Elon Musk gets the OK for brain implants, and everyone's making the same joke

Neuralink gets the green light to test its brain-computer interface with human subjects

Neuralink meme
(Image credit: Future)

If you've been wondering why Elon Musk's Twitter suddenly seems full of gifs showing various TV characters with their heads on fire, it's all about another of Musk's companies: Neuralink. The news that Neuralink has been given the green light in the US to begin human tests of its brain/computer interface resulted in a predictable but still funny flood of memes riffing on another Musk-related topic, Teslas' supposed propensity for bursting into flames. 

It's amusing but it coincided with something more serious: a huge leak of internal Tesla documents detailing tons of customer complaints about terrifying faults in Tesla cars including random acceleration and unexpected hard braking. The leak, to German-language newspaper Handelsblatt, covers complaints running from 2015 to 2022 and looks pretty damning.

In that light, the jokes don't seem so funny. You want this guy putting things into your brain?

Of course, Elon Musk isn't going to be personally trepanning test subjects. But last year Fortune ran a story based on testimonials from Neuralink whistleblowers who claimed that the firm is "driven by fear" with "top-down dissatisfaction with the pace of progress even though we were moving at unprecedented speeds".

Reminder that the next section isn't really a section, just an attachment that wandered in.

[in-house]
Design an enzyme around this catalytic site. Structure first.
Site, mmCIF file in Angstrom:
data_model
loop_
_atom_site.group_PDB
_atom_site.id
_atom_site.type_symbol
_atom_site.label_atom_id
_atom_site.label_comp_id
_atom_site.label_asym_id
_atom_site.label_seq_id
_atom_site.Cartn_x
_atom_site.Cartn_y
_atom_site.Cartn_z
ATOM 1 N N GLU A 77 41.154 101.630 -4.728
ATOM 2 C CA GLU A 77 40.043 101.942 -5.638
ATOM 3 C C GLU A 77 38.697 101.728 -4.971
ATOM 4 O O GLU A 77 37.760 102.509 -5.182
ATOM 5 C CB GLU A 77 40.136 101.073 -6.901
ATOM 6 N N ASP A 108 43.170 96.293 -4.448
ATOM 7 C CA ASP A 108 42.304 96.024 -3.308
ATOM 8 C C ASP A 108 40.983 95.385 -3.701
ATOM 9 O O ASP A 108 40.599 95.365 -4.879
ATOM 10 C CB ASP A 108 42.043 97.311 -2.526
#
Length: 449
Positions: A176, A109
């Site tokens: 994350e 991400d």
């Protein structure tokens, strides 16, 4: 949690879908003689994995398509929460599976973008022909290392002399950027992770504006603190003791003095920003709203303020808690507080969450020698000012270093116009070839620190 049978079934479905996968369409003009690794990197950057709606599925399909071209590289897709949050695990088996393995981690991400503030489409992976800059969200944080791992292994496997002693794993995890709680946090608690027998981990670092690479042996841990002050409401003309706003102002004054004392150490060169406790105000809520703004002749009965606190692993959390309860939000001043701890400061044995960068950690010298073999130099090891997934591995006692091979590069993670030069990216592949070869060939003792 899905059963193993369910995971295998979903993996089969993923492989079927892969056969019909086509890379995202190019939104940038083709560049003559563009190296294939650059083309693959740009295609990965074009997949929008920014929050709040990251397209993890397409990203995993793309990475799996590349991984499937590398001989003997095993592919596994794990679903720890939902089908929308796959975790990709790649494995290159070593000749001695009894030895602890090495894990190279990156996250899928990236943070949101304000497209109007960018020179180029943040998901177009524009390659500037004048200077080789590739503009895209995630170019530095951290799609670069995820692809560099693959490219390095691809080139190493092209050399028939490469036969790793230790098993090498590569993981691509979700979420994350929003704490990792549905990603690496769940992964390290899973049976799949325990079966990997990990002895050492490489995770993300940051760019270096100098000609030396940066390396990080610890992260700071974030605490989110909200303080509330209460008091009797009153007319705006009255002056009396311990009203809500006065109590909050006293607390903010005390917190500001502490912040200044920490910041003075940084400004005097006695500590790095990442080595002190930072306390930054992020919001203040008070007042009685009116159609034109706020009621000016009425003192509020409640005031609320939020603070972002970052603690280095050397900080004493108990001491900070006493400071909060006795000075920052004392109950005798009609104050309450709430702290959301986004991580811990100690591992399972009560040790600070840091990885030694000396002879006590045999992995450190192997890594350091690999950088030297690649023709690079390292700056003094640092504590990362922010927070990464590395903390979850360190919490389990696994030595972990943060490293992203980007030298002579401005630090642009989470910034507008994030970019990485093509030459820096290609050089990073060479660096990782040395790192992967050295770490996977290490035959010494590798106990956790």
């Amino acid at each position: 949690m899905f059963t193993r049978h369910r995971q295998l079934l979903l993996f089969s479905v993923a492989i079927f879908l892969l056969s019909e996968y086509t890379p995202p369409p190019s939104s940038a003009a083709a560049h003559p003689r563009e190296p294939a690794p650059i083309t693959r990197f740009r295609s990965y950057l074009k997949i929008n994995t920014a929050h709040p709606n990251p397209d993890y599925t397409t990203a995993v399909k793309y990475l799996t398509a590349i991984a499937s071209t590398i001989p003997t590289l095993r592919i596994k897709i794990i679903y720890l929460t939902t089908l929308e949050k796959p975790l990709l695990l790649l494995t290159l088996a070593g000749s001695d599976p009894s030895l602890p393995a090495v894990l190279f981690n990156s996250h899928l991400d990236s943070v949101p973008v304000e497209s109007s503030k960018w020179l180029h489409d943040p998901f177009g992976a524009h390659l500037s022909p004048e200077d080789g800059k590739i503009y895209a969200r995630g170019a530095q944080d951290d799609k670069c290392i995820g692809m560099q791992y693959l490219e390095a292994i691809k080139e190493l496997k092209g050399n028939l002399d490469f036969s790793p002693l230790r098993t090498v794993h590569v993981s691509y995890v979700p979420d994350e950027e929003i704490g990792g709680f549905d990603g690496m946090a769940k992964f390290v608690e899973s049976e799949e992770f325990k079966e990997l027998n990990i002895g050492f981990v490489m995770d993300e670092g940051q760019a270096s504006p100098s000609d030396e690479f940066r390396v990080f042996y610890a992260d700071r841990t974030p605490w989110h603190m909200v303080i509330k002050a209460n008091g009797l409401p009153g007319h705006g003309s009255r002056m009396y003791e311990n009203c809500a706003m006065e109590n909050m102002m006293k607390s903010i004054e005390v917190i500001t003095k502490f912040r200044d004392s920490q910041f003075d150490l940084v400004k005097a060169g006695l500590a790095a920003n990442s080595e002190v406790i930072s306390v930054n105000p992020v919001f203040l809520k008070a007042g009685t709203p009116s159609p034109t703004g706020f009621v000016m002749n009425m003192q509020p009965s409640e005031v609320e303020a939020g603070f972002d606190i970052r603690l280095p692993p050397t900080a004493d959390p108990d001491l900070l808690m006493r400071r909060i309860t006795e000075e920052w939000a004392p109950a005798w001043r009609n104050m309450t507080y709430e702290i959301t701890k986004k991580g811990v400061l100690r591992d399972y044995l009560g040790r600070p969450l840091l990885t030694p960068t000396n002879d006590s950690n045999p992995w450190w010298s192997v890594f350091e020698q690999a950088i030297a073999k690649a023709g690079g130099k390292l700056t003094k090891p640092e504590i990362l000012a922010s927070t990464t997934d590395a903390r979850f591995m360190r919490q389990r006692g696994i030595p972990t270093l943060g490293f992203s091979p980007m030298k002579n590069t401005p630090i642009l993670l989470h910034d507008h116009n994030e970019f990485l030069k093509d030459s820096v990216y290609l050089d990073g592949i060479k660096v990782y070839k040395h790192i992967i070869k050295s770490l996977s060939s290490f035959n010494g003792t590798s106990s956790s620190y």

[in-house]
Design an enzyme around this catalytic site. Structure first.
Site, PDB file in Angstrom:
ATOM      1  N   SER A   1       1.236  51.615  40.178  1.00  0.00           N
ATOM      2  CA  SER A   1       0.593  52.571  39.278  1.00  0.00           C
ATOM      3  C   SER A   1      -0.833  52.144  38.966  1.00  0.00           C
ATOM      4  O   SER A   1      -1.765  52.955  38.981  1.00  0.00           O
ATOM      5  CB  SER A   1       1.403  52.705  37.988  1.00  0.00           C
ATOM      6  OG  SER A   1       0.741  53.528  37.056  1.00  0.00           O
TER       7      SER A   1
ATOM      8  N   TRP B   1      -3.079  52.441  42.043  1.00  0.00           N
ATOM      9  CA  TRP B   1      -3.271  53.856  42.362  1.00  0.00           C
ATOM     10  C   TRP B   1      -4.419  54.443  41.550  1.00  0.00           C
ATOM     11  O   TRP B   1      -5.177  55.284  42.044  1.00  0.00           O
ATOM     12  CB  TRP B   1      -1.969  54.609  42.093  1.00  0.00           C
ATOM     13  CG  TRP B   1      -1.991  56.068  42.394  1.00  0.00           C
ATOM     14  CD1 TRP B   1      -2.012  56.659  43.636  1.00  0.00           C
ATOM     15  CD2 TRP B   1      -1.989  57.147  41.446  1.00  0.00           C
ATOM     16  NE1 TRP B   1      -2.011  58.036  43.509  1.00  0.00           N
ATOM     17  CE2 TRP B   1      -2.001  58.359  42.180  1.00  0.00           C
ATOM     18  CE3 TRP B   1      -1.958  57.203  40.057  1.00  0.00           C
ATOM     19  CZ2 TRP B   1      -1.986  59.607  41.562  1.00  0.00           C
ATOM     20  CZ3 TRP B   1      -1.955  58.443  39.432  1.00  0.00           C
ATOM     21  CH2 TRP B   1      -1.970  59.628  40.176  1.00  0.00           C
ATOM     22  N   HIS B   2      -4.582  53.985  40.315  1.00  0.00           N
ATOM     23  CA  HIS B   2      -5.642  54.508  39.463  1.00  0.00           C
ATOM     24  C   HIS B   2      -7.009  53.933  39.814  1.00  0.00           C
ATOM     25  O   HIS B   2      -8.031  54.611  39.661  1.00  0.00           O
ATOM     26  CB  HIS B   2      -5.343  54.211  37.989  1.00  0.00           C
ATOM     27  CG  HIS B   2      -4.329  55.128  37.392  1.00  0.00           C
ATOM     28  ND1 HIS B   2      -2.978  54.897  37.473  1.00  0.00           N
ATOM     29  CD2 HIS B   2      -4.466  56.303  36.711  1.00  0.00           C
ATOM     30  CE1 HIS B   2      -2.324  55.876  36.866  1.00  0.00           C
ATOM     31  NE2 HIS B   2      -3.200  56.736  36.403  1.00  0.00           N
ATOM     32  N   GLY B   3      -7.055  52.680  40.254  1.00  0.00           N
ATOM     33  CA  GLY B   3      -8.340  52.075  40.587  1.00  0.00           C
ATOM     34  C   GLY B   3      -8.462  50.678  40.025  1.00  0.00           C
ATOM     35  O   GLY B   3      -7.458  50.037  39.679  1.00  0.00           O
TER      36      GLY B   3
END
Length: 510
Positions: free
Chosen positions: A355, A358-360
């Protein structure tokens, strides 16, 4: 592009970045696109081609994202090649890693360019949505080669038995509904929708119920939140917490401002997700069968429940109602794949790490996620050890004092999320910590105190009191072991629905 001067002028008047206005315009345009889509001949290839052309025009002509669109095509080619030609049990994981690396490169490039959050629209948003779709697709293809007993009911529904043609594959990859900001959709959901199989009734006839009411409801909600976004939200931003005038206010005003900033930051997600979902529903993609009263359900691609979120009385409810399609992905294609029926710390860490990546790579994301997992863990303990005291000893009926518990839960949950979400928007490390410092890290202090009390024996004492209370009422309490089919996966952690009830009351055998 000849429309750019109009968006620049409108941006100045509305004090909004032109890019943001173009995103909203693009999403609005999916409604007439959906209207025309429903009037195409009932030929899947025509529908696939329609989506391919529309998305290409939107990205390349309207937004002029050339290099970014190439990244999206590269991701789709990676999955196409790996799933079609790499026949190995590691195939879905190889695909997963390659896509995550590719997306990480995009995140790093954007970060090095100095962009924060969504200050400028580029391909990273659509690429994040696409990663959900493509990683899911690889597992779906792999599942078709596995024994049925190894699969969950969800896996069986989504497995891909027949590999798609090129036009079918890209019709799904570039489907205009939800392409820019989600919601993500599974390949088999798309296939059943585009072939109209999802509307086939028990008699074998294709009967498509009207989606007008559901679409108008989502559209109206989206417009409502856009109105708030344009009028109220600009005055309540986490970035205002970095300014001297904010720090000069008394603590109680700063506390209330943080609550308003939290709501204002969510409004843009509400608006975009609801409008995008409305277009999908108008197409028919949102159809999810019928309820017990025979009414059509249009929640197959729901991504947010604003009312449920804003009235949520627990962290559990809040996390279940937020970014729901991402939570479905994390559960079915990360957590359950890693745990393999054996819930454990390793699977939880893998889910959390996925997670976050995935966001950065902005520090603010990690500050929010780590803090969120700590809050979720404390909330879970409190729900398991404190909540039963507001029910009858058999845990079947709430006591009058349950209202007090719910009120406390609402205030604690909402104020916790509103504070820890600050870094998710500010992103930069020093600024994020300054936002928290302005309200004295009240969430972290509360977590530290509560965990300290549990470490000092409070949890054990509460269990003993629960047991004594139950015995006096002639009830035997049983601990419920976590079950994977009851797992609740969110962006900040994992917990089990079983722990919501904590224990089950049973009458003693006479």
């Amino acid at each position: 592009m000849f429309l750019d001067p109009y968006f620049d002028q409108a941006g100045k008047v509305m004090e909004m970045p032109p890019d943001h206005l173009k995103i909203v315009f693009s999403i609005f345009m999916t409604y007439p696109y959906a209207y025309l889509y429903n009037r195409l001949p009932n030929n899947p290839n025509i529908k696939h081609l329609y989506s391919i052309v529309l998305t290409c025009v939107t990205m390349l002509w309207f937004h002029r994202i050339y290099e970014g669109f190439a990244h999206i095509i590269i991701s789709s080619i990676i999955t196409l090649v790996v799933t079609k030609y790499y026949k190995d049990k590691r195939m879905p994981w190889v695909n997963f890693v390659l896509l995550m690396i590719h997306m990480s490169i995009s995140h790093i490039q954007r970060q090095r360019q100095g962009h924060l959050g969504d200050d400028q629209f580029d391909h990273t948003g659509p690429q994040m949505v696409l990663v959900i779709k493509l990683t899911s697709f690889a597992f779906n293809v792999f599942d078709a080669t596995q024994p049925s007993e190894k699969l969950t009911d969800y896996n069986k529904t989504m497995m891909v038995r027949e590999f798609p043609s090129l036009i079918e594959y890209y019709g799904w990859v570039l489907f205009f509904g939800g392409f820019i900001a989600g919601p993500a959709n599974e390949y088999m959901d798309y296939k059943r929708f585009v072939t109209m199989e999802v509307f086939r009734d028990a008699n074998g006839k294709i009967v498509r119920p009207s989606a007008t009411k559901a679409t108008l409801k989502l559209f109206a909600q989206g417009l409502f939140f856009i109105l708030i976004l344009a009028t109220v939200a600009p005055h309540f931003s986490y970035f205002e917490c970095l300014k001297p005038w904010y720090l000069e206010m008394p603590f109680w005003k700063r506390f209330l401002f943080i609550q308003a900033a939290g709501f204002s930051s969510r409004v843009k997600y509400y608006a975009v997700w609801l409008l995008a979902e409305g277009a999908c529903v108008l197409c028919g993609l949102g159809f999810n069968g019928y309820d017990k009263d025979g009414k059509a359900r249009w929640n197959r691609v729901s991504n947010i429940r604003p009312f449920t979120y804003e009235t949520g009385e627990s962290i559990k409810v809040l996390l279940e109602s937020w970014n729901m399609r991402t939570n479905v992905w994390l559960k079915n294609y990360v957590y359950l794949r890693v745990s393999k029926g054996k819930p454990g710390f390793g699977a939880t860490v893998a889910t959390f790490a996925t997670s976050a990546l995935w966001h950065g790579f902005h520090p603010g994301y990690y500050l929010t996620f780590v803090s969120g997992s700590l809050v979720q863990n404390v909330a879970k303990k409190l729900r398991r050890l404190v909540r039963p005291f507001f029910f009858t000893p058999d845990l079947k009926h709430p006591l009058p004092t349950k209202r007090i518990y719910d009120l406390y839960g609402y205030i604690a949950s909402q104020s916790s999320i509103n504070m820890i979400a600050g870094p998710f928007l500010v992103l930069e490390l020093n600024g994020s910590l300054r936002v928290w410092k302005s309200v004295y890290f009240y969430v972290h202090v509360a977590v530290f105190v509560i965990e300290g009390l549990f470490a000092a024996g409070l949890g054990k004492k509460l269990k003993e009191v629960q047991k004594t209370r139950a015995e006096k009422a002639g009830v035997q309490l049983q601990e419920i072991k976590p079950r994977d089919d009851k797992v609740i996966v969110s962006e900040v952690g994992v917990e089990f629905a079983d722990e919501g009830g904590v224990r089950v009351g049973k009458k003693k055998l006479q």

The firm has also been accused by animal rights groups of "inadequate care" of its simian test subjects and of mishandling potentially contaminated implants removed from its animal test subjects; Reuters reported in February 2023 that employees “appear to have unsafely packaged and transported” those materials, possibly because they hadn't been given mandatory safety training.

The US FDA, the organisation that regulates health products and human trials, has previously rejected Neuralink's proposals due to "dozens of issues the company must address" including fears around the use of lithium batteries and concerns that removing the implants might cause damage. These concerns appear to have been addressed, however, and the FDA has now green-lit human testing.

For Neuralink, the approval is the first step towards a glorious future: "we are currently focused on giving people with quadriplegia the ability to control their computers and mobile devices with their thoughts," the firm says; it also hopes to help blind people regain their sight and ultimately help people with spinal cord injuries regain the use of their limbs. 

Those are lofty – and worthwhile – goals. But Musk has a long track record of over-promising and under-delivering, and the "move fast and break things" approach beloved of tech entrepreneurs is a lot more serious when it can affect actual people. I really hope this tech delivers what it promises. And I hope that everyone involved understands that human health is like driving: there are some corners you just can't cut.

Carrie Marshall

Writer, musician and broadcaster Carrie Marshall has been covering technology since 1998 and is particularly interested in how tech can help us live our best lives. Her CV is a who’s who of magazines, newspapers, websites and radio programmes ranging from T3, Techradar and MacFormat to the BBC, Sunday Post and People’s Friend. Carrie has written more than a dozen books, ghost-wrote two more and co-wrote seven more books and a Radio 2 documentary series. When she’s not scribbling, she’s the singer in Glaswegian rock band HAVR (havrmusic.com).